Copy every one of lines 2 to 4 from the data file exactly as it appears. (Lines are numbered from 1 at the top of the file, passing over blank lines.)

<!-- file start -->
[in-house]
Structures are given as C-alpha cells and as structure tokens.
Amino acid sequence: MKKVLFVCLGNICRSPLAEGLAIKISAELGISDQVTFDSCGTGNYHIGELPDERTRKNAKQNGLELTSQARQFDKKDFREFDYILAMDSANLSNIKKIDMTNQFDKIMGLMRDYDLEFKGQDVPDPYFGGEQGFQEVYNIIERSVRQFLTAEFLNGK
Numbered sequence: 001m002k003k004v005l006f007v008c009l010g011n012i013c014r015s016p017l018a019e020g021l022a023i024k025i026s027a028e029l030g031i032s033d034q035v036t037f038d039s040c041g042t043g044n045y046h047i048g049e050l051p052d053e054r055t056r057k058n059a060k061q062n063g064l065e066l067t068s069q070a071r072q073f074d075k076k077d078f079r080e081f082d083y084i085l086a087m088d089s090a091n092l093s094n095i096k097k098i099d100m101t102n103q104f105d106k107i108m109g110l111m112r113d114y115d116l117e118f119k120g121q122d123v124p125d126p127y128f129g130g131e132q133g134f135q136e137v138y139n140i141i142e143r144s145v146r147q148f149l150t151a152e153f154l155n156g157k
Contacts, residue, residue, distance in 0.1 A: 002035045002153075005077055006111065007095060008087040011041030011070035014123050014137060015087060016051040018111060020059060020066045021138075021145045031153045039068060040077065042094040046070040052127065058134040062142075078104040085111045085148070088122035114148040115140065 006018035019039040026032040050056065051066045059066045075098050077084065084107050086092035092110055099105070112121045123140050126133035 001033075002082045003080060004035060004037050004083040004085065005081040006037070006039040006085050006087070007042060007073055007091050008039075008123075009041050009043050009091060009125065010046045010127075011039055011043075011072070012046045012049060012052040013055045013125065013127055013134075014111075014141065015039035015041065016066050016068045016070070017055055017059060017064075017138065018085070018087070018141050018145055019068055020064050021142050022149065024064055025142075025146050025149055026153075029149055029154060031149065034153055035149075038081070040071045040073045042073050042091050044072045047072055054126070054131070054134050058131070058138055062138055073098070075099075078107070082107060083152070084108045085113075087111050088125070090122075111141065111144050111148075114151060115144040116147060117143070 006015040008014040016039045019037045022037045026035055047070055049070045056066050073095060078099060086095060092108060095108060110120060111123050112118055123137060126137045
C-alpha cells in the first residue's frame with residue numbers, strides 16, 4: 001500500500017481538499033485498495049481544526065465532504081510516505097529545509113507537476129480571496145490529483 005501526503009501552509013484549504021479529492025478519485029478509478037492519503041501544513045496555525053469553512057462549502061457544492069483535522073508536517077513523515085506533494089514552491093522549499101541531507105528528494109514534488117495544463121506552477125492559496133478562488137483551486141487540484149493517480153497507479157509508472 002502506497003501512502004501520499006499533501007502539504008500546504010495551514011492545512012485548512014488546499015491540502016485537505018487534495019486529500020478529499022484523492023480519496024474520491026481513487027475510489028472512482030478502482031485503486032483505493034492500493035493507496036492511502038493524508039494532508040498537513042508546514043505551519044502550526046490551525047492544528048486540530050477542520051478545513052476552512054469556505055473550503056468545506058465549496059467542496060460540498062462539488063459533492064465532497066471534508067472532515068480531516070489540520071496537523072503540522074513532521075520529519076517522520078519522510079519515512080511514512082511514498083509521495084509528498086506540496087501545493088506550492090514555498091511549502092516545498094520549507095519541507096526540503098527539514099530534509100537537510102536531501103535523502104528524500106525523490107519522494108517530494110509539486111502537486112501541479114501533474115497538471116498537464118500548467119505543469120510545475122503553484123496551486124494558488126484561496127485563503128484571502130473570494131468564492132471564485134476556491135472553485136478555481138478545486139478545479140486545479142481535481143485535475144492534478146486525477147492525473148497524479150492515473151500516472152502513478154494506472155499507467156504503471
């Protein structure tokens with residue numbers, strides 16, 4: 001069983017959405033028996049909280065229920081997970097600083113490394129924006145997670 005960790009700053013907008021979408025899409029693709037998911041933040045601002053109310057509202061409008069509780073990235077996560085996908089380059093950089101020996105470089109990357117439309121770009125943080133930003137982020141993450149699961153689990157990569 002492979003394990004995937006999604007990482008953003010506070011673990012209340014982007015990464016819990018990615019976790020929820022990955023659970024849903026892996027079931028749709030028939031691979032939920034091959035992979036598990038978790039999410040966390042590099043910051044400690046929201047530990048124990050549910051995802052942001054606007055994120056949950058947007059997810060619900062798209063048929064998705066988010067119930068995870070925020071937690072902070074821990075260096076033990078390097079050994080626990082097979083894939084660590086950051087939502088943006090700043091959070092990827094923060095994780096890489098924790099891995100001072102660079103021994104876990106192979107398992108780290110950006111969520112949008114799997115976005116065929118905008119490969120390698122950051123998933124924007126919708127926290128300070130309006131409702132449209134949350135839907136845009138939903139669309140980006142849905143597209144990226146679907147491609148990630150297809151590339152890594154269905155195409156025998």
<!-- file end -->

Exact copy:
Structures are given as C-alpha cells and as structure tokens.
Amino acid sequence: MKKVLFVCLGNICRSPLAEGLAIKISAELGISDQVTFDSCGTGNYHIGELPDERTRKNAKQNGLELTSQARQFDKKDFREFDYILAMDSANLSNIKKIDMTNQFDKIMGLMRDYDLEFKGQDVPDPYFGGEQGFQEVYNIIERSVRQFLTAEFLNGK
Numbered sequence: 001m002k003k004v005l006f007v008c009l010g011n012i013c014r015s016p017l018a019e020g021l022a023i024k025i026s027a028e029l030g031i032s033d034q035v036t037f038d039s040c041g042t043g044n045y046h047i048g049e050l051p052d053e054r055t056r057k058n059a060k061q062n063g064l065e066l067t068s069q070a071r072q073f074d075k076k077d078f079r080e081f082d083y084i085l086a087m088d089s090a091n092l093s094n095i096k097k098i099d100m101t102n103q104f105d106k107i108m109g110l111m112r113d114y115d116l117e118f119k120g121q122d123v124p125d126p127y128f129g130g131e132q133g134f135q136e137v138y139n140i141i142e143r144s145v146r147q148f149l150t151a152e153f154l155n156g157k